Occasionally, as Editor of Diplomat, some rather enjoyable work assignments land on my desk. Reviewing the new suites at The Dorchester was one such task.
Since its opening in 1931, The Dorchester’s combination of luxury, sumptuous décor and impeccable service has made it more than a constant venue for the famous and influential – for many it has become a regular ‘home from home.’ Royalty and political leaders, both British and foreign, have been frequent visitors. During World War II, several members of the Government moved into The Dorchester on a semi-permanent basis. General Eisenhower, then occupied with the planning of the Normandy invasion, set up headquarters in the hotel in 1944. It was here that Princess Elizabeth, the present Queen, dressed for her wedding in 1947.
Elizabeth Taylor received the news of her record-breaking, multi-million pound deal to star in the epic Cleopatra in the bathroom of the rooftop Harlequin Suite. This bathroom still has the original pink marble that was installed especially for her. Peter Sellers spotted the 21-year-old Swedish actress Britt Ekland in 1964, and reputedly bought her the entire contents of The Dorchester flower shop, proposing to her a few days later. In the last decade, prominent guests have included Nelson Mandela, Woody Allen, Barbra Streisand, Diana Ross, Karl Lagerfeld, Arnold Schwarzenegger and many more.
But The Dorchester’s glamorous patronage is only part of the legend. All these years later, how does this iconic institution keep up with the flurry of London five-star hotel openings?
For a start, The Dorchester has recently unveiled 22 new suites by interior designer Alexandra Champalimaud. While the new suites stay true to the hotel’s classic English residential style, the design fuses contemporary comfort with the timeless heritage of the property. Alexandra Champalimaud commented: ‘I have always been fascinated by the way the English live in their homes and wanted to capture that certain quirkiness… whilst building on the history and quintessentially British nature of The Dorchester.’
We stayed in one of 14 beautiful Dorchester Suites. A huge space, our suite was made up of three large rooms, plus a marble entrance hall that opened into a lovely, light living room with an open fireplace. The suite’s furnishings are inspired by the British fondness for filling homes with mementos from a lifetime of travel. A variety of British craftsmen have been commissioned to create furniture, mirrors and textiles. If that wasn’t enough, continuing the royal theme running throughout the hotel, the artwork on the walls included a signed print by His Royal Highness the Prince of Wales.
With spectacular views over Hyde Park, the suite is ideal for a long-term stay, with plenty of space and enormous cupboards. There’s also great space for entertaining, with a dining area to seat eight for either dinner or meetings. Dorchester Suites can also be linked with a private lobby to create a three-bedroom suite which provides excellent facilities for visiting delegations or even families. (Security is visible on every floor to reassure high profile guests.)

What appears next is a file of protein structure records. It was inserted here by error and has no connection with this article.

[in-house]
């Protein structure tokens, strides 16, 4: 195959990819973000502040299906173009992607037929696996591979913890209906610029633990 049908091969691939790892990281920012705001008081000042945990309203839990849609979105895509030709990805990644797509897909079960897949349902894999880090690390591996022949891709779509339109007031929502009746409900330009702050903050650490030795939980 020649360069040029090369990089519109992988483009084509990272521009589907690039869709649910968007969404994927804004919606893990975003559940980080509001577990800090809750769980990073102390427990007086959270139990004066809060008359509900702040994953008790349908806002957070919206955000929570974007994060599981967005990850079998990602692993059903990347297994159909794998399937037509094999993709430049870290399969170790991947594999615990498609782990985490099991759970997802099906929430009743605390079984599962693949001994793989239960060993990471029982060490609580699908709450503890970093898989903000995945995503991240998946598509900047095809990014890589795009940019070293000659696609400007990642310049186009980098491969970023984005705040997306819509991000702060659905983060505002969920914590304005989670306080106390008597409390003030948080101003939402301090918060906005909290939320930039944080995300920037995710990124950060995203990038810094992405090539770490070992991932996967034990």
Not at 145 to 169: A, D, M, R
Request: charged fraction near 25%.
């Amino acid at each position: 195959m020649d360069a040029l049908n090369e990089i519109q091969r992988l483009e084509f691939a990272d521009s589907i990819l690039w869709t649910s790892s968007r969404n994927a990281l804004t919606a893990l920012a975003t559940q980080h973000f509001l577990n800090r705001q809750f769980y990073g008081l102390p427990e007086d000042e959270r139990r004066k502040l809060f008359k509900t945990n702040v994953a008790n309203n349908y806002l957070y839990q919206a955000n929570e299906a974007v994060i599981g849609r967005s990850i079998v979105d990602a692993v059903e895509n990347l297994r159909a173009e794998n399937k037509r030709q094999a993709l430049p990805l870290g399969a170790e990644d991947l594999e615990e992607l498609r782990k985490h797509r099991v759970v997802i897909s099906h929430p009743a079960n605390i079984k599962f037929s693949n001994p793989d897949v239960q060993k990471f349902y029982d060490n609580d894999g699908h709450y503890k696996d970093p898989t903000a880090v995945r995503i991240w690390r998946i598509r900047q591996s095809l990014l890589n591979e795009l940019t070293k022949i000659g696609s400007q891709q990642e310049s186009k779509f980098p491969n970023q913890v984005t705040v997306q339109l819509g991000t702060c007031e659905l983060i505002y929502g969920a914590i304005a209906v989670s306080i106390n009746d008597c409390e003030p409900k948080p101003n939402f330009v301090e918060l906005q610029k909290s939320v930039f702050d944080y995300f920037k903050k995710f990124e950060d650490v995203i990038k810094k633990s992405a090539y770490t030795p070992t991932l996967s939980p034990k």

The bed was a four poster, with an amazing hand-sprung mattress, ensuring the most peaceful night’s sleep. The marble bathrooms must be some of the best in town: the hotel has the deepest bathtubs in London; the loo unrivalled views of Park Lane and Hyde Park, television above the sink and enormous shower.
One could be forgiven for never wanting to leave the suite, but there’s still plenty more that’s worth a mention about The Dorchester. Firstly, the almost three-to-one ratio of staff to guest bedrooms is quite a statistic. Little-known fact: the kitchens at The Dorchester are the size of 10 tennis courts, so it’s no wonder that the hotel has been celebrated for the exceptional quality of its food. Aside from housing the well-known Alain Ducasse and China Tang, under the leadership of Head Chef Brian Hughson, The Grill specialises in the best of British ingredients. Our dinner was exceptional and highlights included the salmon, smoked in-house and sliced at the table, plus a sublime lemon sole and wonderful wines to match.
The Dorchester Spa should also certainly not be forgotten. Reopened in 2009 after a multimillion transformation, it offers indulgent pampering in a glamorous art-deco setting, and I urge everyone to book themselves in for a treatment.
Whether enjoying a drink, dinner, stay or spa treatment, it’s easy to see how The Dorchester maintains its status as one of the world’s best hotels. I’m certainly happy to return there – for a work assignment or otherwise!